James answered, "I don't know. I'm going to just continue to do what I do on the court every night and one day that title will come to me. Right now, with the MVP thing, I think that we are two players who just try to help our teams win ballgames and we do it at a high level every night. So we'll see what happens." In response to a follow-up question from another writer, James praised the fine season that Chris Paul is having, mentioning that the New Orleans guard could become the first player to average 20 ppg, 10 apg and 3 apg and saying that without Paul the Hornets might not be a playoff team even in the depleted East, let alone in the stacked West.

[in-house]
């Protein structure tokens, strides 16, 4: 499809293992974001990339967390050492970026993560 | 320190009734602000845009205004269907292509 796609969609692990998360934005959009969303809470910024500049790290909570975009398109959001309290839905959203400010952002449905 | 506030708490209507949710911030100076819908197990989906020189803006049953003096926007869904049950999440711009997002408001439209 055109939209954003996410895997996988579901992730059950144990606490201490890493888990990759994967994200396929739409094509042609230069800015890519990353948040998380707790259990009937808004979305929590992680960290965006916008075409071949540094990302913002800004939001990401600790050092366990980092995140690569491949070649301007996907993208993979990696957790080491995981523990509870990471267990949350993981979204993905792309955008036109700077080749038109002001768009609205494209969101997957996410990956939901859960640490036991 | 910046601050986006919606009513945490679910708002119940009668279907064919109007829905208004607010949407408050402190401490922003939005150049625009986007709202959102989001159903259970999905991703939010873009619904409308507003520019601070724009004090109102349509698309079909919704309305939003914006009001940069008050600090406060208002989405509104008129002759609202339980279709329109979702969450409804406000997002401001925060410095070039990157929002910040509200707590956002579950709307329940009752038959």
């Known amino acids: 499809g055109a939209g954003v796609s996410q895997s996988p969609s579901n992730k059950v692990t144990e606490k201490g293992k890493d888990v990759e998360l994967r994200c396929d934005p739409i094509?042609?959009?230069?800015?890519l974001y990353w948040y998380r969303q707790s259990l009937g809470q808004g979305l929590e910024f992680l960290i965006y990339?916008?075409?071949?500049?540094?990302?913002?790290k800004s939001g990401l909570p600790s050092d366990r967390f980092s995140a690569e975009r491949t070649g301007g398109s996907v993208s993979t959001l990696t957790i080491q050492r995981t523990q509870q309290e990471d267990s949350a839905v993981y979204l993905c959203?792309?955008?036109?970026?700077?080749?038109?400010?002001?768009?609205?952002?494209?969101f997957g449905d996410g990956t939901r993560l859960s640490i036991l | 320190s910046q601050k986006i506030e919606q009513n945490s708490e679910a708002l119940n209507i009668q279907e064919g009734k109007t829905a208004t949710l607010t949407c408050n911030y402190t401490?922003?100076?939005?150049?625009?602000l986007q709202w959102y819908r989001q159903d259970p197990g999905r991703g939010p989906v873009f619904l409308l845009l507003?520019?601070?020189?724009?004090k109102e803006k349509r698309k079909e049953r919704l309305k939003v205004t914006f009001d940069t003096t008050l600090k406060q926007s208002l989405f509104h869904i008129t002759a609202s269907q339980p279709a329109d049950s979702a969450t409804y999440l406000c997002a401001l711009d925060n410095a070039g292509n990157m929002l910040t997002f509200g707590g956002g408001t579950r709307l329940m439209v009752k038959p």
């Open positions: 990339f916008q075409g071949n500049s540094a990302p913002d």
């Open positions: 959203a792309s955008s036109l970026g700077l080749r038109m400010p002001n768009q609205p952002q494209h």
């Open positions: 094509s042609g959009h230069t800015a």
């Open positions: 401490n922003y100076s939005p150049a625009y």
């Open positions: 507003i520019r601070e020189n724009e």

James also said that it is impossible to evaluate the results of the trade until all of the key players are active: "We can't find out how good a team we can be until we are injury-free...We are playing good basketball but we won't know how good we can be until we get everyone back. We are missing right now three of our top seven guys, two starters in Sasha (Pavlovic) and Z and then the sixth man in Boobie (Daniel Gibson). We'll see what happens but we'll be really good once we get healthy."

Outside observers have consistently doubted the Cavaliers and cast them in the role of underdogs, which is a big change for James, who noted that until he came to the NBA he had never been an underdog, that he was always used to stepping on the court and winning. He certainly is not fazed by the low expectations that many people have for the Cavaliers. "I'm looking forward to the postseason," James said with much conviction.